Defense Date


Document Type


Degree Name

Master of Science



First Advisor

Dr. Karen Kester

Second Advisor

Dr. Salvatore Agosta

Third Advisor

Dr. Shelley Adamo

Fourth Advisor

Dr. Derek Johnson

Fifth Advisor

Dr. D'Arcy Mays


Insect thermoregulatory research has demonstrated evidence of variation occurring within and among species with respect to infection, pathogens, and parasitism, but few studies have examined differences in thermoregulatory behavior in a host-parasite system with a coevolved symbiotic virus. I investigated the role of parasitism by Cotesia congregata (Say) (Hymenoptera: Braconidae) on the thermoregulatory behavior of Manduca sexta (L.) (Lepidoptera: Sphingidae) using an experimental design in a thermal gradient chamber and a complementary observational field study on wild M. sexta collected from tobacco farms. Parasitism and larval age were not found to have a significant effect on the preferred body temperature of M. sexta caterpillars. However, an interaction between parasitization status and larval age resulted in significant differences in the change in body temperature from the beginning to the end of the experiment. I believe this can be explained by both parasitized and unparasitized caterpillars at later instar stages having a greater temperature lag (surface temperature - body temperature). Results indicate the combined effect of parasitism by C. congregata and infection with a coevolved symbiotic virus does not induce behavioral fever in M. sexta. While thermoregulation did not differ between parasitized and unparasitized caterpillars in the thermal gradient chamber, caterpillars with post-emergent wasp larvae were found significantly higher on plants at collection sites than unparasitized caterpillars. In light of the field results, I recommend that a standardized thermal gradient chamber with an additional vertical axis be used in future studies of lepidopteran thermoregulation.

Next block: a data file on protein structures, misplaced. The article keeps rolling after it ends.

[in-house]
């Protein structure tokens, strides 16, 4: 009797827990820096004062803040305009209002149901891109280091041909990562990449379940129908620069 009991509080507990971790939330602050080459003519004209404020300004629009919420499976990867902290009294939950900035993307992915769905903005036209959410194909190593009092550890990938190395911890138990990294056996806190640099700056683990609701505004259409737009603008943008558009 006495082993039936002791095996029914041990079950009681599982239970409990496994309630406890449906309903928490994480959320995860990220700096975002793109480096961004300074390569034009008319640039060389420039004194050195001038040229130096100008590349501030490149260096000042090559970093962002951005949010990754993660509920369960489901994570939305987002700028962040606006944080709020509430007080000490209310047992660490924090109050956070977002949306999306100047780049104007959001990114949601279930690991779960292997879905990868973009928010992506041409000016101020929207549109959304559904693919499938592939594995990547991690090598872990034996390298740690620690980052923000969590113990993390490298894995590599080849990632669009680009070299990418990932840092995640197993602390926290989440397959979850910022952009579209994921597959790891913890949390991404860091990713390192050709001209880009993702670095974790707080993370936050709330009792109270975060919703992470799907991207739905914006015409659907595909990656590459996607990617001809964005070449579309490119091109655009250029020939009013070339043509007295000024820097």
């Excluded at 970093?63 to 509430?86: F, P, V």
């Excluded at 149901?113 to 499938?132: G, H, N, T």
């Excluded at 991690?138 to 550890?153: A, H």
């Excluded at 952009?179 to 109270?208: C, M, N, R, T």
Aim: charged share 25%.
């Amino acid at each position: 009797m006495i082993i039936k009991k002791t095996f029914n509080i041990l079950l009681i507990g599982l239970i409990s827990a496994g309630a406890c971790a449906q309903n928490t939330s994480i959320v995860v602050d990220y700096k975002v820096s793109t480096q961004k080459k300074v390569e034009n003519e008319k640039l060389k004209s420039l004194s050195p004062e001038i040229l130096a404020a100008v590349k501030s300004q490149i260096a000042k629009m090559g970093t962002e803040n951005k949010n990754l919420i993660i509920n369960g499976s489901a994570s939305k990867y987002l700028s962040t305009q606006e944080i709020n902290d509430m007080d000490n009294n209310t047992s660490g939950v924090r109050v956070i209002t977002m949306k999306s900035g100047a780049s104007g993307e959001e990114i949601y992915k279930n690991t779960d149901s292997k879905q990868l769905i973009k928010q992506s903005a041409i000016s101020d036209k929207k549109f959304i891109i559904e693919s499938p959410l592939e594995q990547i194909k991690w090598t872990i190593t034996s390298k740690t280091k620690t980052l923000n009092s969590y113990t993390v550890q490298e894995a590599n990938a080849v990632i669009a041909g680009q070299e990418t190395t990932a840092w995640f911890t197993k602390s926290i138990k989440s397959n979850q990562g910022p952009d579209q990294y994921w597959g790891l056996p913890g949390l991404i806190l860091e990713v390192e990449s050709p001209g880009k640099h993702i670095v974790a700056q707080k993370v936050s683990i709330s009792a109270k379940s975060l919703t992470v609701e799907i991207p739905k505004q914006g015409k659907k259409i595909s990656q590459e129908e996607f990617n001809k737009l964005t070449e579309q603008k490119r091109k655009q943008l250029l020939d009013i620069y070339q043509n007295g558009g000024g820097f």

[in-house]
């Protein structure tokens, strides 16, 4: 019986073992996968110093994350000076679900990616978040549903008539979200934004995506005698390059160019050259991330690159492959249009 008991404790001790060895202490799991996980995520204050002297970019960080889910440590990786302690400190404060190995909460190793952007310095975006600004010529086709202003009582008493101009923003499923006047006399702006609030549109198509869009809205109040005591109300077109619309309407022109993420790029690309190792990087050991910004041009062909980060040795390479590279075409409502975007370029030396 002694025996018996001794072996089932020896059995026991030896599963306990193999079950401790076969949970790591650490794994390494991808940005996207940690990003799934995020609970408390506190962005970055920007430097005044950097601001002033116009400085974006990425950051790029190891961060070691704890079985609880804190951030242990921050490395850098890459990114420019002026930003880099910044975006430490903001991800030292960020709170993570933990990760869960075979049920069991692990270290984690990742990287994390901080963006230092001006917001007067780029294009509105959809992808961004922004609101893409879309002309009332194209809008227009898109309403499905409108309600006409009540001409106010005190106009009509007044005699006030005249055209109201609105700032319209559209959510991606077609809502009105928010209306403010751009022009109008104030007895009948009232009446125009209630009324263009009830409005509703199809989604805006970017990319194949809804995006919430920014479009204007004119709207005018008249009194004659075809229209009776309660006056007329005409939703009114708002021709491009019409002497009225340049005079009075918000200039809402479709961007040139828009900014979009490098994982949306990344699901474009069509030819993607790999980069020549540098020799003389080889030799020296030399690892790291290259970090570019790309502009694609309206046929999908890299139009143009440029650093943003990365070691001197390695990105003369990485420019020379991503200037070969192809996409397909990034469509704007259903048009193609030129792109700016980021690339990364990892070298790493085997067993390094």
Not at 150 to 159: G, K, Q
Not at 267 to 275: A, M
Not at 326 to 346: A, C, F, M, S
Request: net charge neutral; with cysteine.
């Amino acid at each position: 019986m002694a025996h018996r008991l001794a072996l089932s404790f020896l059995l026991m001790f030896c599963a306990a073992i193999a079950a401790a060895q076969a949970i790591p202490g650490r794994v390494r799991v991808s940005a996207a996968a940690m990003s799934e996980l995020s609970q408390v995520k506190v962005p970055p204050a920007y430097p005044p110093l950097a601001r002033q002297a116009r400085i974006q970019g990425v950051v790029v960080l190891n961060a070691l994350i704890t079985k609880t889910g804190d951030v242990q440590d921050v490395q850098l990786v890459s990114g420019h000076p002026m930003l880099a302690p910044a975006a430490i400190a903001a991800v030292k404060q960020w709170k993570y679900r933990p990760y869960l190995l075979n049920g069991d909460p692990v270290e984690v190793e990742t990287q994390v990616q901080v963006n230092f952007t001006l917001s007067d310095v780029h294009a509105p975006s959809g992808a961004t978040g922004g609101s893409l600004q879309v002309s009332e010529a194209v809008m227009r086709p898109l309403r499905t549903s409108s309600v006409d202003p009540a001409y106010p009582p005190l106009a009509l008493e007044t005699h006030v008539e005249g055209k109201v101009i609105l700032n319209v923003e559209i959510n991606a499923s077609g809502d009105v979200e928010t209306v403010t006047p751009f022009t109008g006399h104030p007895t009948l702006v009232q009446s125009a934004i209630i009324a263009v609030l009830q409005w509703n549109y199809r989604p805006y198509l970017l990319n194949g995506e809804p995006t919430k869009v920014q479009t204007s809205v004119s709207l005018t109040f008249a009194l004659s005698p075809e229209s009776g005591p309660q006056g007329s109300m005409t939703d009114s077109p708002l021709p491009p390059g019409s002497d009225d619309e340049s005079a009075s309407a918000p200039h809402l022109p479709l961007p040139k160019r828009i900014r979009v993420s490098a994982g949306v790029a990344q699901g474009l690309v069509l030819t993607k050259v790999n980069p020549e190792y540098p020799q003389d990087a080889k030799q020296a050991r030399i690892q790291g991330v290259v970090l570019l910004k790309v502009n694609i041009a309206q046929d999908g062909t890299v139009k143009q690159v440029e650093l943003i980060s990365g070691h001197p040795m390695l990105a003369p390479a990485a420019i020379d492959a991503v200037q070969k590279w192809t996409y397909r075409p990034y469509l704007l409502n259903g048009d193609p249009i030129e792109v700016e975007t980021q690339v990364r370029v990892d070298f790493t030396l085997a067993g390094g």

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Available for download on Wednesday, May 21, 2025